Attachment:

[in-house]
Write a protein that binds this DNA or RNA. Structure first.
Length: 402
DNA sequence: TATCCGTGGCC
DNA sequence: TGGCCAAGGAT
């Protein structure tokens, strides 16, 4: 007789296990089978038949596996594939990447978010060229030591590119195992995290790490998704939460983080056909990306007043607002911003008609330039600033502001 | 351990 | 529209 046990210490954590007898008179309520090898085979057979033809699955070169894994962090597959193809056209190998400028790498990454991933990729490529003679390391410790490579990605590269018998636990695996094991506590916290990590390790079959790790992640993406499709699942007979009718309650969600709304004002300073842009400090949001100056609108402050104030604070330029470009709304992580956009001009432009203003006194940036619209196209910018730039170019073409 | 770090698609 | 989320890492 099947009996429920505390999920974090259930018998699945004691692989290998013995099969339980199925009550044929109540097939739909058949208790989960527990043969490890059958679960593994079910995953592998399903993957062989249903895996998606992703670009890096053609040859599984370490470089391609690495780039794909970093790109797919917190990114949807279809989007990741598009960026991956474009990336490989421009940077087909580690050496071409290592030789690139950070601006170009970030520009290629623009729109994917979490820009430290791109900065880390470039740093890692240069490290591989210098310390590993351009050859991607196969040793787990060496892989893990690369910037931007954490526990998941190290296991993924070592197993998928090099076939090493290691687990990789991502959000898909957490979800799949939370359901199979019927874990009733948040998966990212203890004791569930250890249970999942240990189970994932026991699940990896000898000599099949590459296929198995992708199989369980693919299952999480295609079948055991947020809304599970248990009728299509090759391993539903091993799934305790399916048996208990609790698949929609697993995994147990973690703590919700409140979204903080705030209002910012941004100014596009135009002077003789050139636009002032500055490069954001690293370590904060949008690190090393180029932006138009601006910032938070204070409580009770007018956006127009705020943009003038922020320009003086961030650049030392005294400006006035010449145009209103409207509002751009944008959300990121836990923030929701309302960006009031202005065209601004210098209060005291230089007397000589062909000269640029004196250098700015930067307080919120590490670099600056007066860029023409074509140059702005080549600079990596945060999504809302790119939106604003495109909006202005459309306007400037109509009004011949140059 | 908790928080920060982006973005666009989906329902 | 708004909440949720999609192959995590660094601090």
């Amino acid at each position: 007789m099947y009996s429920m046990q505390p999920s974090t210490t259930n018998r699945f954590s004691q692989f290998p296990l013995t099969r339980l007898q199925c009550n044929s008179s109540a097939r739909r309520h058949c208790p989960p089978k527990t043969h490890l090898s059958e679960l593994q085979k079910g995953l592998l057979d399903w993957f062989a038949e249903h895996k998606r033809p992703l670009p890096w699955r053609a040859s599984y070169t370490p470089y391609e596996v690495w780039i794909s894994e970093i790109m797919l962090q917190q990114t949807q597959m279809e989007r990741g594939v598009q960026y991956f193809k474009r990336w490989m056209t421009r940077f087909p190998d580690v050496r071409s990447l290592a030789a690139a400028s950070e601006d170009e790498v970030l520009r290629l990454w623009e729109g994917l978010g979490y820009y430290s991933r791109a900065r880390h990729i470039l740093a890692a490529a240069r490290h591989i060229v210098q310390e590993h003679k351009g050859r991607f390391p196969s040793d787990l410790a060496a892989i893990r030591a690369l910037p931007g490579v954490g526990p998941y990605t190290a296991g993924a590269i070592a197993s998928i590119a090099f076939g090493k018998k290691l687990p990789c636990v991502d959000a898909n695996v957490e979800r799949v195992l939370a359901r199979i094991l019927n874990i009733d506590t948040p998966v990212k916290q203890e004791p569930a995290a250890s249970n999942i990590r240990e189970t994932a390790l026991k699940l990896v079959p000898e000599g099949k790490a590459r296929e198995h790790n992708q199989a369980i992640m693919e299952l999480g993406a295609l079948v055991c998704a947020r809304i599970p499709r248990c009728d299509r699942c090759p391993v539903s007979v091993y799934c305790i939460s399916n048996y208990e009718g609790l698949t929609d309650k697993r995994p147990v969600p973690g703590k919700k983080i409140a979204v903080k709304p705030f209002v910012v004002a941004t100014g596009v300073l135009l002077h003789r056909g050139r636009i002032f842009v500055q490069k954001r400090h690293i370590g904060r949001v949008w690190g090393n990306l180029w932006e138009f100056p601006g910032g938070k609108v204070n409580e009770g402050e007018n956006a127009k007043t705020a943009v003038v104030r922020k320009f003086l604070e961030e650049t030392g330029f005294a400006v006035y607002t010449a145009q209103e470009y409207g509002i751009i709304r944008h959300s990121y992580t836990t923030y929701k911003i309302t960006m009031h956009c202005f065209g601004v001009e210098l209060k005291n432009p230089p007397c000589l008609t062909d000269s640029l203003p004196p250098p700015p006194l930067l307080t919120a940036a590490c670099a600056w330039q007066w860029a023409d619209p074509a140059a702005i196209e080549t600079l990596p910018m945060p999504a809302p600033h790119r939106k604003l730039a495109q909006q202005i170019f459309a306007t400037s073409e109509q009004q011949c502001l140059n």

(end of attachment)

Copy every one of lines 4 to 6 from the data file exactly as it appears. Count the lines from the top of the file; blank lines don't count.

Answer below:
DNA sequence: TATCCGTGGCC
DNA sequence: TGGCCAAGGAT
């Protein structure tokens, strides 16, 4: 007789296990089978038949596996594939990447978010060229030591590119195992995290790490998704939460983080056909990306007043607002911003008609330039600033502001 | 351990 | 529209 046990210490954590007898008179309520090898085979057979033809699955070169894994962090597959193809056209190998400028790498990454991933990729490529003679390391410790490579990605590269018998636990695996094991506590916290990590390790079959790790992640993406499709699942007979009718309650969600709304004002300073842009400090949001100056609108402050104030604070330029470009709304992580956009001009432009203003006194940036619209196209910018730039170019073409 | 770090698609 | 989320890492 099947009996429920505390999920974090259930018998699945004691692989290998013995099969339980199925009550044929109540097939739909058949208790989960527990043969490890059958679960593994079910995953592998399903993957062989249903895996998606992703670009890096053609040859599984370490470089391609690495780039794909970093790109797919917190990114949807279809989007990741598009960026991956474009990336490989421009940077087909580690050496071409290592030789690139950070601006170009970030520009290629623009729109994917979490820009430290791109900065880390470039740093890692240069490290591989210098310390590993351009050859991607196969040793787990060496892989893990690369910037931007954490526990998941190290296991993924070592197993998928090099076939090493290691687990990789991502959000898909957490979800799949939370359901199979019927874990009733948040998966990212203890004791569930250890249970999942240990189970994932026991699940990896000898000599099949590459296929198995992708199989369980693919299952999480295609079948055991947020809304599970248990009728299509090759391993539903091993799934305790399916048996208990609790698949929609697993995994147990973690703590919700409140979204903080705030209002910012941004100014596009135009002077003789050139636009002032500055490069954001690293370590904060949008690190090393180029932006138009601006910032938070204070409580009770007018956006127009705020943009003038922020320009003086961030650049030392005294400006006035010449145009209103409207509002751009944008959300990121836990923030929701309302960006009031202005065209601004210098209060005291230089007397000589062909000269640029004196250098700015930067307080919120590490670099600056007066860029023409074509140059702005080549600079990596945060999504809302790119939106604003495109909006202005459309306007400037109509009004011949140059 | 908790928080920060982006973005666009989906329902 | 708004909440949720999609192959995590660094601090």